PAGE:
These diagrams are essential when running new wire for the temp sensor if you cut the wires from a parted vehicle. Although small rez and kind of blurry, it's still readable to determine wire color and function.

The above diagram shows the plug module (black, not blue) located at the temperature sensor at the dome/map light. This plug only has 3 wires to it and so it should be easy to connect your new wires just write down and keep track of what your new wire colors are in relation to these factory wires.

YELLOW - 1 - PK/YL - FUSED IGNITION SWITCH OUTPUT
GREEN - 3 - DB/LG - IR SENSOR SIGNAL
PINK - 4 - DB/YL - IR SENSOR RETURN



This diagram shows the module that plugs into your current climate control regardless of what type.

Apparently the 3 wires from the IR temp sensor tap into existing wires located at this plug module on any type of Patriot trim.

The understanding of how this works is that the 3 wires from the sensor are communicating to a temperature sensor already located within the vehicle. 1 sensor is located at the master air vent that determines circulating air temp (SENSOR SIGNAL), the 2nd sensor is the IR sensor (SENSOR RETURN) in the map light that senses current temperature, and the last wire is for power.

YELLOW - 3 - PK/RD - FUSED IGNITION SWITCH OUTPUT
PINK - 15 - DB/YL - IR SENSOR RETURN
GREEN - 16 - DB/LG - IR SENSOR SIGNAL



Closeup of IR temp sensor wire colors. From top to bottom - PK/YL - DB/LG - DB/YL



Here is the wire plug module that gets plugged into the back of the climate controls and is accessible after removing the radio/dash bezel.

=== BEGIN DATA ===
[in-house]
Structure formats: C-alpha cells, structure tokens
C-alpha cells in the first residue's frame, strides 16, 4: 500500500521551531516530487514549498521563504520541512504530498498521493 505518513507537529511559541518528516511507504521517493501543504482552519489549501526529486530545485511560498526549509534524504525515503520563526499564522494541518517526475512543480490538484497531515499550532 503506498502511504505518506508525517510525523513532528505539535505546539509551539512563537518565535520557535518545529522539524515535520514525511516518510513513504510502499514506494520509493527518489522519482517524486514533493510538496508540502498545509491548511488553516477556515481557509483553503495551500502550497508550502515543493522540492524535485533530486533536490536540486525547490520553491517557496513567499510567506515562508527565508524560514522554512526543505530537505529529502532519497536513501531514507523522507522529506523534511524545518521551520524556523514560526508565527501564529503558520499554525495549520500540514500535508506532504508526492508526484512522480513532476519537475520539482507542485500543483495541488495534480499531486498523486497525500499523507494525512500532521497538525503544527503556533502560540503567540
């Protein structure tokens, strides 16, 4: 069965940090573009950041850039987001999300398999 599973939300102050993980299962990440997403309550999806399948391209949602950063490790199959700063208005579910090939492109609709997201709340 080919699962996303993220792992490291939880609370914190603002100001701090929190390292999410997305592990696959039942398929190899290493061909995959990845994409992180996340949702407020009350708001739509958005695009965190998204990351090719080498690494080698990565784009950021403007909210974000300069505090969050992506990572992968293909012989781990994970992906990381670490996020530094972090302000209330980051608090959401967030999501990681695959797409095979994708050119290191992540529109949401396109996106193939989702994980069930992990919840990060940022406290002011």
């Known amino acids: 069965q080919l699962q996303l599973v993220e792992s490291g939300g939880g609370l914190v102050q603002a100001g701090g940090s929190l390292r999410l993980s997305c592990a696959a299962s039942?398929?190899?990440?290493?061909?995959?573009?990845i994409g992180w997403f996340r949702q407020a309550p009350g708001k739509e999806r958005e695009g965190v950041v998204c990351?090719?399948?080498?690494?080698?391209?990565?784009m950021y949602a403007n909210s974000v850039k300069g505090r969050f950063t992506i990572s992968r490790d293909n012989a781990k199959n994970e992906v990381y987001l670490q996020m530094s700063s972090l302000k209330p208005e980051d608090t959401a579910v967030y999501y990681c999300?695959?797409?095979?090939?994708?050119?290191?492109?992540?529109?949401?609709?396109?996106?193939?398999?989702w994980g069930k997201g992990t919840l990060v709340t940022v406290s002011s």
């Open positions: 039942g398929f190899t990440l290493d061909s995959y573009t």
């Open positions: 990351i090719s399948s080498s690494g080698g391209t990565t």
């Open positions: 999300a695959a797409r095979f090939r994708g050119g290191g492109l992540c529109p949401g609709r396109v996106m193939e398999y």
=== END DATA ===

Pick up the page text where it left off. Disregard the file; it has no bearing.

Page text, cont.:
I used above-average quality T-taps for this application because I hate to cut factory wires. These make a solid connection as you can see the points of contact and if its clamped properly.

These are the 3 wires from the module diagram picture above that shows it tapping into wires 3 - 15 - 16. The only color wire that did not match was the PK/RD for the fused ignition (power) connection, but there was no other wire that matched the description based on the diagrams so I felt confident in tapping it.



From here you will want to grab more 3-conductor wire to finish the wire connection from the IR temp sensor to the climate controller. Tap, or splice into the wires above and then run the wire towards the driver side door making sure to secure the wire with zip ties or other means and once you have enough slack to reach the grey harness discussed earlier. This is why you want to use a wire connection to allow a quick-disconnect at a later time should you have to remove the headliner again.

I ran out of insulated connections before I could finish, but I swapped them out later.

------------------------------------------ Once you have it connected then you want to start putting everything back together to test basic functionality. It will take quite a bit of time of using the auto-climate controls to determine if it is indeed working as intended based on the automatic fluctuation of the ambient temperature inside the cabin in relation to the user setting. This will take awhile of actual driving use to find out, so test for power and if the fans react to your setting before fully buttoning up the headliner if dropped and other major components of this mod.

I am still testing this for myself as I just recently installed it, but so far I have experienced noticeable and comfortable changes in ambient temperature while using the 'AUTO' setting. As stated above, the big deal here is the simplicity it can offer on top of the standard functions that we all are used to, such as how much air, hotter or colder, and where exactly do you want it. This allows you to set your temp and let the controller take care of where and how much air you are getting to maintain your desired temp.